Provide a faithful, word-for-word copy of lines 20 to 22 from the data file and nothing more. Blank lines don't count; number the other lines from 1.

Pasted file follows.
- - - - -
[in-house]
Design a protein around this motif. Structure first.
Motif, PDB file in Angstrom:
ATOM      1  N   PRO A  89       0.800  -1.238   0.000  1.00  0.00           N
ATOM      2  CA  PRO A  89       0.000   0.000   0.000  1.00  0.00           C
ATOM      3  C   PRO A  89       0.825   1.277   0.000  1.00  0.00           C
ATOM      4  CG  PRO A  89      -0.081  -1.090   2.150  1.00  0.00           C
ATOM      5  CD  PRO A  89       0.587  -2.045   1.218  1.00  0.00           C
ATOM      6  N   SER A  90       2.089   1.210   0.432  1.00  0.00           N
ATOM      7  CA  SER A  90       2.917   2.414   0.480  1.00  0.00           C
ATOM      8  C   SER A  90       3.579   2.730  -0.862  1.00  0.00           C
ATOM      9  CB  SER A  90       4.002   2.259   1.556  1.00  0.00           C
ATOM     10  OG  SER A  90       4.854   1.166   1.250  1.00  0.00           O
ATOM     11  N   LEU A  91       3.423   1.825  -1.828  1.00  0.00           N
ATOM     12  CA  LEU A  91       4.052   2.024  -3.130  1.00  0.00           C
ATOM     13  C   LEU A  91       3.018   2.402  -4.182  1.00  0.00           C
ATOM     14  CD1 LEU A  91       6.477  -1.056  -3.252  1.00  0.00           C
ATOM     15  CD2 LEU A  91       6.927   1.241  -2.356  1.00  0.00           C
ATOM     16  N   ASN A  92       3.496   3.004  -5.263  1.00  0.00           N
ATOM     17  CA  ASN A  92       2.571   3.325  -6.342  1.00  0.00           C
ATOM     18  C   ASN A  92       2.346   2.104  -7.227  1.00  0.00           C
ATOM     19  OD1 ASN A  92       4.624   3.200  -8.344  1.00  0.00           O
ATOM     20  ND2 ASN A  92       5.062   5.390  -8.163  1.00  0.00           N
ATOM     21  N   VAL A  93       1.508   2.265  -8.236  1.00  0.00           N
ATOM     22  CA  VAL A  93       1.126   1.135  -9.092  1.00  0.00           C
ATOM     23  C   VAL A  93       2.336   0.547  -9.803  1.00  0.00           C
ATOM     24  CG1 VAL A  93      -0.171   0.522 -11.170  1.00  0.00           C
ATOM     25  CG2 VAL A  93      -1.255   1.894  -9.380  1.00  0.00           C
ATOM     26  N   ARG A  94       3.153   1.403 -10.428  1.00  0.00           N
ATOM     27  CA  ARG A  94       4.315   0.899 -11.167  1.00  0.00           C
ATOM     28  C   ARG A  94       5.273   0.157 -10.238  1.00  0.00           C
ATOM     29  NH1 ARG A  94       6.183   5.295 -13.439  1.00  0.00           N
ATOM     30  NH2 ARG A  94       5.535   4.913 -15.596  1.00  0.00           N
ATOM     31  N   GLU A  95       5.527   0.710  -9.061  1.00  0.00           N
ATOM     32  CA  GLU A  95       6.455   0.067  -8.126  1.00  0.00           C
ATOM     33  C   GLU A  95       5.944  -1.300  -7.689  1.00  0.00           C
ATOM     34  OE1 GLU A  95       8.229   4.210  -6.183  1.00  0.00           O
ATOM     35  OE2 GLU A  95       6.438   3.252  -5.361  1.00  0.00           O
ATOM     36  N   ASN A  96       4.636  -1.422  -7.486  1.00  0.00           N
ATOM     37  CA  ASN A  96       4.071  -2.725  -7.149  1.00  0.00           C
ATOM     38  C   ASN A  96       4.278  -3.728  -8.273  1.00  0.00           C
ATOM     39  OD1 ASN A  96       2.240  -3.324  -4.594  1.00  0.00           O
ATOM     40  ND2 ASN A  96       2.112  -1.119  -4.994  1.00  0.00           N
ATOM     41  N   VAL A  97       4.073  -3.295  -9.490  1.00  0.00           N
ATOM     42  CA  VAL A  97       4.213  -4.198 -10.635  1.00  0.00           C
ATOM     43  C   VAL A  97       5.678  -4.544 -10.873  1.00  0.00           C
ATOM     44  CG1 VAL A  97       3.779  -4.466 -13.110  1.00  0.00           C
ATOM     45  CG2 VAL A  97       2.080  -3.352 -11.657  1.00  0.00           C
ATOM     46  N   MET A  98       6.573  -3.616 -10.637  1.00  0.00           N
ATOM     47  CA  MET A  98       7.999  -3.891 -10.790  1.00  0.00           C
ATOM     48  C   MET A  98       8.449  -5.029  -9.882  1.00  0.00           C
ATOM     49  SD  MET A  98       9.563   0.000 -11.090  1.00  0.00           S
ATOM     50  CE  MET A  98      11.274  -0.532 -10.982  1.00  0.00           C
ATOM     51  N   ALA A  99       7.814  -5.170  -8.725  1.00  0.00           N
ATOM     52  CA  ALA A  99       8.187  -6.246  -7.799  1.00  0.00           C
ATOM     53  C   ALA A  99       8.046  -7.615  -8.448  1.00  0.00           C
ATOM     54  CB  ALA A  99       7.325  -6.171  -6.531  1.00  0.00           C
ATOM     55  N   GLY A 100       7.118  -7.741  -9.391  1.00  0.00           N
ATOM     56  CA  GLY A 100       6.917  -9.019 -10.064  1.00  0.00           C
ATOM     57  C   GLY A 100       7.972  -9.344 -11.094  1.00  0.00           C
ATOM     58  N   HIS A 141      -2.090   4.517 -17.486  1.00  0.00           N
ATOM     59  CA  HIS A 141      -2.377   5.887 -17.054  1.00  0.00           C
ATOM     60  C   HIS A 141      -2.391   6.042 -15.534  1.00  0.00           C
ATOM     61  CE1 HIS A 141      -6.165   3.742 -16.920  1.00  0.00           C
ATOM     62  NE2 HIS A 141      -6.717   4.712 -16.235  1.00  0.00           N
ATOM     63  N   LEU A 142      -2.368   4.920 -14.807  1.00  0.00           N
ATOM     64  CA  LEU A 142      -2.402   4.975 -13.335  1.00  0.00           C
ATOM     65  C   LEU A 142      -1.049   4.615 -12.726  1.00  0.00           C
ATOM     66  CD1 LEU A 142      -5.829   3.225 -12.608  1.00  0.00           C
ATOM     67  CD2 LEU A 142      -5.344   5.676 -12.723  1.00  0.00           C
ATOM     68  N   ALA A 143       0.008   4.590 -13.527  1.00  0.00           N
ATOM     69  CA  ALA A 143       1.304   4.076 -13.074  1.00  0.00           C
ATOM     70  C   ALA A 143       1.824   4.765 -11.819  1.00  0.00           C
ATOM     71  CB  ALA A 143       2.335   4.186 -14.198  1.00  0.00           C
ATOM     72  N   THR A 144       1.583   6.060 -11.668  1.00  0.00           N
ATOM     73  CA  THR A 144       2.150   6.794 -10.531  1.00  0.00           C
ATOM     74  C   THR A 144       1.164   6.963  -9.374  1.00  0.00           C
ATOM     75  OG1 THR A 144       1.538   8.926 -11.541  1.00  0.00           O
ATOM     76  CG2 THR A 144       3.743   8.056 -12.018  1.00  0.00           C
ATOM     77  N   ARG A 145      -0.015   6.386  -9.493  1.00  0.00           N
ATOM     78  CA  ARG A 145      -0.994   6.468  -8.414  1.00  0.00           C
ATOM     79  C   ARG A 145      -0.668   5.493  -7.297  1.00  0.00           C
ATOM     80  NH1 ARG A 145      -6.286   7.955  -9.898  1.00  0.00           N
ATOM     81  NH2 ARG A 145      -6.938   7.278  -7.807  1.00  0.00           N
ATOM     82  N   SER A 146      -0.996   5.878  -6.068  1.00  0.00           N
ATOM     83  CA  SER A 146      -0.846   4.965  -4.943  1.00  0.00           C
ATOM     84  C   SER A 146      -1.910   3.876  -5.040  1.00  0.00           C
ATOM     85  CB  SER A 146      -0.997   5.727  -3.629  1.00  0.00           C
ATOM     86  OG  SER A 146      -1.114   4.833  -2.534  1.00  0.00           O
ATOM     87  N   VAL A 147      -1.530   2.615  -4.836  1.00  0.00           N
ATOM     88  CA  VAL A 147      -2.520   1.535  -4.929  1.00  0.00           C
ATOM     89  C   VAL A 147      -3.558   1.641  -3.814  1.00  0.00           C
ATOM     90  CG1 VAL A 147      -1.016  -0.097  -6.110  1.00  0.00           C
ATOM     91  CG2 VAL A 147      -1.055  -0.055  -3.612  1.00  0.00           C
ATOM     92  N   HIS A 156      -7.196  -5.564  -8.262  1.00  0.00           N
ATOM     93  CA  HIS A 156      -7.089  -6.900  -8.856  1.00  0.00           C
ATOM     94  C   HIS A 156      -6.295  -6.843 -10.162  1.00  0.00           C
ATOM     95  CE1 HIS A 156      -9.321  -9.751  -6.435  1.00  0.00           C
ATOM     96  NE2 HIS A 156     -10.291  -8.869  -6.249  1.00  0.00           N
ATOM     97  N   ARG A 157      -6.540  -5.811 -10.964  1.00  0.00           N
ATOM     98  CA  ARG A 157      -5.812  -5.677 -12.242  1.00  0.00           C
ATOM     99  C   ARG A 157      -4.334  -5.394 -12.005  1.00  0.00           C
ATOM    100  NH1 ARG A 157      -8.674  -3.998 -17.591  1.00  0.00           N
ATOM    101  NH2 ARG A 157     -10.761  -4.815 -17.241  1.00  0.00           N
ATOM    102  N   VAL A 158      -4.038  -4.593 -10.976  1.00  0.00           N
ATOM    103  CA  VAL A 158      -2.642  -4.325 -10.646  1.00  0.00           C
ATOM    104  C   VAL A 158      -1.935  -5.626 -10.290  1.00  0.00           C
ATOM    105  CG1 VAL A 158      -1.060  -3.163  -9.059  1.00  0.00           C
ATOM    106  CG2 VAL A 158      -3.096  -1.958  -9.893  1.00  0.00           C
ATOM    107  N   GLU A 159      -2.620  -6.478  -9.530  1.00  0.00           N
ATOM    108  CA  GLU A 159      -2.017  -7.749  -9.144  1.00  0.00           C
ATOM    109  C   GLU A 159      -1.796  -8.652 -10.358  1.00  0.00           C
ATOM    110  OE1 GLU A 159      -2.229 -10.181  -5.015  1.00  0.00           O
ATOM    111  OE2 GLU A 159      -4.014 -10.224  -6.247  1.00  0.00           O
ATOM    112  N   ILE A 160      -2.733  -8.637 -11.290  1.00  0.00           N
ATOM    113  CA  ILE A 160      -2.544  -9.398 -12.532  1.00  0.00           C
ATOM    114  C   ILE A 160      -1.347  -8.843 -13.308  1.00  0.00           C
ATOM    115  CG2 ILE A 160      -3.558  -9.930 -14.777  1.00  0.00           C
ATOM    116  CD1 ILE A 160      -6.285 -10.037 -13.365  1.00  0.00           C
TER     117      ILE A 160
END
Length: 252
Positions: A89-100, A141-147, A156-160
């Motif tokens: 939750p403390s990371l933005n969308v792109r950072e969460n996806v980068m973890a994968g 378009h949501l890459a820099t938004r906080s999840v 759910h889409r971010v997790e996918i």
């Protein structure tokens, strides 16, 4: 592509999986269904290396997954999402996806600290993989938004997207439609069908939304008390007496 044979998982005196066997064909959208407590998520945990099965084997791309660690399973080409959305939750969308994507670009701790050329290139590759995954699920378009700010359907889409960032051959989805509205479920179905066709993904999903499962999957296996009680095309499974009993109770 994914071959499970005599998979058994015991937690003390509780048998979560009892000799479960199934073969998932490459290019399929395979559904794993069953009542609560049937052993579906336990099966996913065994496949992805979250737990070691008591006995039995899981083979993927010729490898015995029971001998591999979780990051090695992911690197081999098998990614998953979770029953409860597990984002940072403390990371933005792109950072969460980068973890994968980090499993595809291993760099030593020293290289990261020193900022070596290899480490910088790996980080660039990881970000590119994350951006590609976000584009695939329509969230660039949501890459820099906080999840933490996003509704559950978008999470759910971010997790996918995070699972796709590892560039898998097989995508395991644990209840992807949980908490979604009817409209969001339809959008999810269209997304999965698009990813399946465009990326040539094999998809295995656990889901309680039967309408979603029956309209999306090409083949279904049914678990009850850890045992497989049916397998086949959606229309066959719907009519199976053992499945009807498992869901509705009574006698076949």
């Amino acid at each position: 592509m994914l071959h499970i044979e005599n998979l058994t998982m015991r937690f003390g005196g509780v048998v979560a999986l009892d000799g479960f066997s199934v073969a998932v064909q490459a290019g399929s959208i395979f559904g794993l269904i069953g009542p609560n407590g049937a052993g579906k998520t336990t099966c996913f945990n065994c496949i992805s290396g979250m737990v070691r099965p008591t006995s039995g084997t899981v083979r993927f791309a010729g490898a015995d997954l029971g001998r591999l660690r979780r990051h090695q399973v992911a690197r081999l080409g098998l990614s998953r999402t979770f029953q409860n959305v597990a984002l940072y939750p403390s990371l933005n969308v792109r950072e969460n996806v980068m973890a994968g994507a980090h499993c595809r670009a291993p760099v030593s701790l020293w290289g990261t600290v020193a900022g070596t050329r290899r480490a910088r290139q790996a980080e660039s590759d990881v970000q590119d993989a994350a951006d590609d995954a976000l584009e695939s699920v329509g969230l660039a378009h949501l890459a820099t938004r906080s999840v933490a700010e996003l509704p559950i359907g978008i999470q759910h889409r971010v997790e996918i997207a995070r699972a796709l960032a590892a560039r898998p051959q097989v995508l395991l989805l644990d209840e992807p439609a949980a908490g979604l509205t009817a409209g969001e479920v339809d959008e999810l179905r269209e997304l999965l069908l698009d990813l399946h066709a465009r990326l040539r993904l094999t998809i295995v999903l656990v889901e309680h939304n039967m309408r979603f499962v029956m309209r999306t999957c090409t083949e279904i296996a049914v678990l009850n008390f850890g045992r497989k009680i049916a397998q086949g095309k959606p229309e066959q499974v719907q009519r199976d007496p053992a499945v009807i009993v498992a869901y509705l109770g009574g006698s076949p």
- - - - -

ATOM     17  CA  ASN A  92       2.571   3.325  -6.342  1.00  0.00           C
ATOM     18  C   ASN A  92       2.346   2.104  -7.227  1.00  0.00           C
ATOM     19  OD1 ASN A  92       4.624   3.200  -8.344  1.00  0.00           O